U.S. wants to peek inside iPhone but Apple holding up the shield of privacy
SAN FRANCISCO, Calif. — Apple, the maker of trend-setting gadgets like the iPhone and iPad, has changed the way people use technology in their daily lives. Along the way it has cast itself as a defender of user privacy. Now, the giant tech company is headed for a showdown with the federal government over its latest attempt to keep user data private.
An Apple product user's data is any bit of information about them that can be picked up from their text messages, phone calls or photos. Such data is of interest both to advertisers and, potentially, the government. The government sees access to data as a valuable tool in its attempts to spot and track criminals and potential terrorists.
For months, Apple CEO Tim Cook has engaged in a sharp, public debate with government officials over his company's decision to shield the data of iPhone users with strong encryption. Essentially, encryption is a method of scrambling data so it is unreadable or, in the case of a photo, unrecognizable. Encrypted data can only be decrypted with a secret key or passcode.
Apple's encryption is locking up people's photos, text messages and other data so securely that even Apple cannot get at it. Law-enforcement officials have complained that terrorists and criminals may use that encryption as a shield.
Federal Order Seeks Software To Enable Hacking
Then on Wednesday, Apple found itself challenged by the government over an iPhone used by one of the San Bernardino, California, mass shooters. A federal judge ordered Apple to produce software that would help federal investigators hack into that phone.
The software would not break the encryption directly. Instead, it would disable other security measures that prevent attempts to guess the phone's passcode.
Apple has five days to challenge the order.
Experts say the legal clash could change the relationship between tech companies and government authorities.
"This is really a deep question about the power of government to redesign products that we use," said law professor Ryan Calo.
Little Public Support From Other Tech Companies
Many leading tech companies — Facebook, Microsoft, Twitter and Yahoo — were noticeably silent about the dispute on Wednesday. However, some trade groups did issue statements endorsing Apple's position. Google CEO Sundar Pichai also voiced support for Apple in a series of tweets late in the day.
"Forcing companies to enable hacking could compromise users' privacy," Pichai wrote. He added that the case could set a troubling example.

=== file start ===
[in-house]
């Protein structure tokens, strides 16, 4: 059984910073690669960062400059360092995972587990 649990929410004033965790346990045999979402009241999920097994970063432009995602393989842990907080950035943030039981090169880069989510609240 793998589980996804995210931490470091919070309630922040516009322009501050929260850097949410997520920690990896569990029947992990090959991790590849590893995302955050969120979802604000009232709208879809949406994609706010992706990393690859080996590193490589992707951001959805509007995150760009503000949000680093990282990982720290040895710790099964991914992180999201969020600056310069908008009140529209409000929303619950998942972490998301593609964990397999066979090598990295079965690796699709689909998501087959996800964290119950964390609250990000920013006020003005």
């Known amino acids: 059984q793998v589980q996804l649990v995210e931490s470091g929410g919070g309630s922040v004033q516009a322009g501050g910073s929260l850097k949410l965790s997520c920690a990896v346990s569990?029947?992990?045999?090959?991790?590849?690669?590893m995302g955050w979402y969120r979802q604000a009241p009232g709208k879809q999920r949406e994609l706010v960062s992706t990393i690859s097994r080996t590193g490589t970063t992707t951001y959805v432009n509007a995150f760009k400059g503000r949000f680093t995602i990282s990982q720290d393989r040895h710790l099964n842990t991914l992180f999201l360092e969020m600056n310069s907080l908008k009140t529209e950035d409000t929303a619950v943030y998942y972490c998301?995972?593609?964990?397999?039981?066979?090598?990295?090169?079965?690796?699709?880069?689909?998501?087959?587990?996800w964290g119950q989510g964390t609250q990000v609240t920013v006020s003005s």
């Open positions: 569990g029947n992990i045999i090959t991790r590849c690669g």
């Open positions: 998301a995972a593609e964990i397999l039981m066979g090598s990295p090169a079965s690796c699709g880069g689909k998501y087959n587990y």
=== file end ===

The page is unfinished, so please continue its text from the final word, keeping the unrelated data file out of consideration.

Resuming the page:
In the past, tech companies have spoken against government attempts to secretly monitor vast numbers of private communications. Such broad monitoring is known as surveillance. To many opponents it is essentially spying on the American people.
Recently, however, the Obama administration has sought to enlist the tech industry's help in fighting terrorism. Several companies have heeded the administration's request to take down terrorist postings on social media.
Civil liberties groups warned that the current conflict could extend beyond Apple.
"This is asking a company to build a digital defect, a design flaw, into their products," privacy advocate Nuala O'Connor said. O'Connor works for the Center for Democracy and Technology, a Washington, D.C.-based group that has criticized government surveillance. In a statement, the center warned that other companies could face similar orders in the future.
Opening The Door For Other Countries' Requests
Others said a government victory could encourage governments in China and other countries to make similar requests for access to smartphone data. Apple sells millions of iPhones in China, which has become the company's second-largest market.
"This case is going to affect everyone's privacy and security around the world," lawyer Lee Tien said. Tien is a staff attorney for the Electronic Frontier Foundation, a digital rights group in San Francisco.
Apple's Cook said the government's demand would create what amounts to a "back door" in Apple's encryption software. If the government can "make it easier to unlock your iPhone, it would have the power to reach into anyone's device to capture their data," he wrote in an open letter. Cook also pledged respect for law enforcement and expressed outrage over the shootings.
Cook may have no choice but to mount a legal challenge. After all, his company has made a very public commitment to protecting customer data.
Apple "can't be seen now as doing something that would make their products less safe," said business professor Wendy Patrick, who teaches at San Diego State University in California. "I think everyone saw this issue coming down the pike," she added. "Apple always knew it was going to push back when the moment came."
How Will Consumers React?
However, Apple's refusal to cooperate may anger consumers who put a higher value on national security than privacy. A recent survey found that 82 percent of U.S. adults think government surveillance of suspected terrorists is acceptable. Apple's position was already drawing fire Wednesday. Both Republican presidential candidate Donald Trump and commentators on Fox News harshly criticized the company.
However, only 40 percent of those recently surveyed said it is acceptable for the government to monitor U.S. citizens. The survey also found nearly three-fourths of U.S. adults consider it "very important" to have control over who can access personal information about them.